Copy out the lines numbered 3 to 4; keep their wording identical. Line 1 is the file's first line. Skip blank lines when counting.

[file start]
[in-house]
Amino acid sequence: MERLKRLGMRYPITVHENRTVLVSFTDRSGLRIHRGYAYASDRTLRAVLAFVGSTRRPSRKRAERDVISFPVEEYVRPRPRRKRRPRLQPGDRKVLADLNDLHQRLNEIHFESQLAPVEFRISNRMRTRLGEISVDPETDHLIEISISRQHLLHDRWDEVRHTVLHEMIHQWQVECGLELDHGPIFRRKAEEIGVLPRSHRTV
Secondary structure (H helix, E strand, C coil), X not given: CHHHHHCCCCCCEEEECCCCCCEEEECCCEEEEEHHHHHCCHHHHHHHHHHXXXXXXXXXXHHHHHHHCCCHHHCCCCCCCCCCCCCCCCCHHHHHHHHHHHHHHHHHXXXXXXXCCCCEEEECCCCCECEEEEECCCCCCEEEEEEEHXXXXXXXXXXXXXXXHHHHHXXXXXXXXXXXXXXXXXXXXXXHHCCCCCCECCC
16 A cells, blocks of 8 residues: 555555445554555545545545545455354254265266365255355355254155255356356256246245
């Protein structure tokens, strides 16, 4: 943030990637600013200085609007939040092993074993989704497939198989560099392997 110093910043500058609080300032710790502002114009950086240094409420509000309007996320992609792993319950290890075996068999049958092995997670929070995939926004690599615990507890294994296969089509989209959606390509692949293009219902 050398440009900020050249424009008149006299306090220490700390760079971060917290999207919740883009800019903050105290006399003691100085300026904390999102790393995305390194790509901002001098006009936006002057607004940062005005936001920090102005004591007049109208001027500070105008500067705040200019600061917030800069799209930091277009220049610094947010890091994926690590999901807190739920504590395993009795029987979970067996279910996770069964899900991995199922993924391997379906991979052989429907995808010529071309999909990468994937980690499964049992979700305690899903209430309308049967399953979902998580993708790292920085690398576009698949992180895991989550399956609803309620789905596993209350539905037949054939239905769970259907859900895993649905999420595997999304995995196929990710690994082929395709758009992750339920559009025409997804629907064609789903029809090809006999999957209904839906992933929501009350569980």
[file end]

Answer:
Secondary structure (H helix, E strand, C coil), X not given: CHHHHHCCCCCCEEEECCCCCCEEEECCCEEEEEHHHHHCCHHHHHHHHHHXXXXXXXXXXHHHHHHHCCCHHHCCCCCCCCCCCCCCCCCHHHHHHHHHHHHHHHHHXXXXXXXCCCCEEEECCCCCECEEEEECCCCCCEEEEEEEHXXXXXXXXXXXXXXXHHHHHXXXXXXXXXXXXXXXXXXXXXXHHCCCCCCECCC
16 A cells, blocks of 8 residues: 555555445554555545545545545455354254265266365255355355254155255356356256246245